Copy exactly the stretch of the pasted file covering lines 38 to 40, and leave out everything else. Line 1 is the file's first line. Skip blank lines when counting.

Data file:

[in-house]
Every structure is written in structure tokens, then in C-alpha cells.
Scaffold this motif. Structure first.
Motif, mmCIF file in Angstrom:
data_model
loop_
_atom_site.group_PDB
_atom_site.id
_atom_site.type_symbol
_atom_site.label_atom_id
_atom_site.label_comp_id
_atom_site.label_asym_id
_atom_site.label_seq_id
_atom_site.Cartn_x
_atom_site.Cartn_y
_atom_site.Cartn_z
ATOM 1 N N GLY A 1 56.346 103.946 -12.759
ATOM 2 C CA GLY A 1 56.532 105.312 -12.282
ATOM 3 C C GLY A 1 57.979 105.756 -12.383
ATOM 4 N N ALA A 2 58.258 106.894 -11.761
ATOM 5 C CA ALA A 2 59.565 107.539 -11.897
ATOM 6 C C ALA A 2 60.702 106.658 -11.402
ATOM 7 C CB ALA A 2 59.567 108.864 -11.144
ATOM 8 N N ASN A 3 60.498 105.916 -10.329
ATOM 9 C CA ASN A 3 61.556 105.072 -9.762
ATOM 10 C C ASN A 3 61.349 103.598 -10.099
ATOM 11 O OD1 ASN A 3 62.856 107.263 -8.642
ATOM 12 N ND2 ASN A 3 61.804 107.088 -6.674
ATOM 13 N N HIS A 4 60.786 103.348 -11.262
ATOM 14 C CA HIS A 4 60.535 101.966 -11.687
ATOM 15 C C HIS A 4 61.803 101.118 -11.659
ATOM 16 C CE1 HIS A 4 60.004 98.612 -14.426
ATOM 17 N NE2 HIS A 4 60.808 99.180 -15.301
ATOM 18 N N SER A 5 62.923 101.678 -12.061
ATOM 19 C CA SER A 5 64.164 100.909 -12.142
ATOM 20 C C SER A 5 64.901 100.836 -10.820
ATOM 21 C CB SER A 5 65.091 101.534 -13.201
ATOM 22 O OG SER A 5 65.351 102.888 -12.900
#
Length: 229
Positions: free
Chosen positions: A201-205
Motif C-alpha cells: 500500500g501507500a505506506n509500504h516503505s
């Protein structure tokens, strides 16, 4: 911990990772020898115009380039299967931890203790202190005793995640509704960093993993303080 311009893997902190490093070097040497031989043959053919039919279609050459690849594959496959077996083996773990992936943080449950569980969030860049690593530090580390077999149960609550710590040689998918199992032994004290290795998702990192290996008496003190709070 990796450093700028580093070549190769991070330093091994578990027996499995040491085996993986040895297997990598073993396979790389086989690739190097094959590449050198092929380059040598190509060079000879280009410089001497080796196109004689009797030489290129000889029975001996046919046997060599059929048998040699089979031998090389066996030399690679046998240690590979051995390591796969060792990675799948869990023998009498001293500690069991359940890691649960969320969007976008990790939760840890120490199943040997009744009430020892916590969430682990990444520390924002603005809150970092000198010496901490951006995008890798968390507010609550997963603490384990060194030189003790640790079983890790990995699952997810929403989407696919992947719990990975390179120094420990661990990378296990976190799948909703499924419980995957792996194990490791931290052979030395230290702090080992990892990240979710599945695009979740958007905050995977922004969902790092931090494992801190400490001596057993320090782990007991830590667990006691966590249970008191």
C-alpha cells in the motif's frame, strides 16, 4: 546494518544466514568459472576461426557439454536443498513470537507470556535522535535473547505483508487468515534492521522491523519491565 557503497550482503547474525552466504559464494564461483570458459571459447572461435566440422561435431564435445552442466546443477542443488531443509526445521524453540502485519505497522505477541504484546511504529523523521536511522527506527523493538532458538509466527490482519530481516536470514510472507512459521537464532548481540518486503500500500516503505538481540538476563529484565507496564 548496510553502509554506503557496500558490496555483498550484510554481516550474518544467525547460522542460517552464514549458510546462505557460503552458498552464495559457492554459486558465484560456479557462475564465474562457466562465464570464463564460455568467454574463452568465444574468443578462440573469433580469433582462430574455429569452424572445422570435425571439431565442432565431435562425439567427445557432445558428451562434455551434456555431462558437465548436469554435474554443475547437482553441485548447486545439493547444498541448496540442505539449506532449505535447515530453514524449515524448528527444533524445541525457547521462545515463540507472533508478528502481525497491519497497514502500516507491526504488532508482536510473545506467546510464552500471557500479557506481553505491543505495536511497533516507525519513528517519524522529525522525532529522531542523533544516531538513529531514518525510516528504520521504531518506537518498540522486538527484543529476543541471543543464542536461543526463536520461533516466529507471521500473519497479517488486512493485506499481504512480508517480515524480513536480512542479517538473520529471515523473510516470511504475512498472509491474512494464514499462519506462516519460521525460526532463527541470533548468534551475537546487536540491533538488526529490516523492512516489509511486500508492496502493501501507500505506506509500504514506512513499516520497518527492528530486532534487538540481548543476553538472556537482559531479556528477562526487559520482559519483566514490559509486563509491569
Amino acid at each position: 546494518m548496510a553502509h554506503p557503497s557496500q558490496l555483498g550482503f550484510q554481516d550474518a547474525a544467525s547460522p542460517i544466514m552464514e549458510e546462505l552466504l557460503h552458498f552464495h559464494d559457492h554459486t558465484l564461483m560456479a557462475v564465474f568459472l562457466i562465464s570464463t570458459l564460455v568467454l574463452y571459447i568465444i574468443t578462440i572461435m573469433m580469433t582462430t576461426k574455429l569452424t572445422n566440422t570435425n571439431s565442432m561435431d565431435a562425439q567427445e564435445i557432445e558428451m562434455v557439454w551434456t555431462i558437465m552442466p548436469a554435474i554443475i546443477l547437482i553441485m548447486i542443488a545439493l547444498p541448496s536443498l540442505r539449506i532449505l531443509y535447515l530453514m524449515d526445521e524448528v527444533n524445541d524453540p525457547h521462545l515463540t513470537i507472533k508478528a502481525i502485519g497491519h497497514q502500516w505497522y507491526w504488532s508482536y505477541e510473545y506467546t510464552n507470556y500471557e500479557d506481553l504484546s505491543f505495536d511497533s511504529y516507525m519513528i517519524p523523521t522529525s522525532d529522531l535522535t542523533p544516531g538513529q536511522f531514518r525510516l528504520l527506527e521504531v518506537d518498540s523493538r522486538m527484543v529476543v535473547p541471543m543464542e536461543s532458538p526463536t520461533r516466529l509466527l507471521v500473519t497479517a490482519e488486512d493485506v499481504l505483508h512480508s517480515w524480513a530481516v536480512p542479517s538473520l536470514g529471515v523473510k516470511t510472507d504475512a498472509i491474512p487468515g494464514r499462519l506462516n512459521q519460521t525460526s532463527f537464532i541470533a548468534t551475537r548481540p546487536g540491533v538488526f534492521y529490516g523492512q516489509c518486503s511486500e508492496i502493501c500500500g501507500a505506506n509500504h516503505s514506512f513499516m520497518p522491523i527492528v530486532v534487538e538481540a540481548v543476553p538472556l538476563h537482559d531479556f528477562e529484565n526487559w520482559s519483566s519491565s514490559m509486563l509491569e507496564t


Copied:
ATOM 22 O OG SER A 5 65.351 102.888 -12.900
#
Length: 229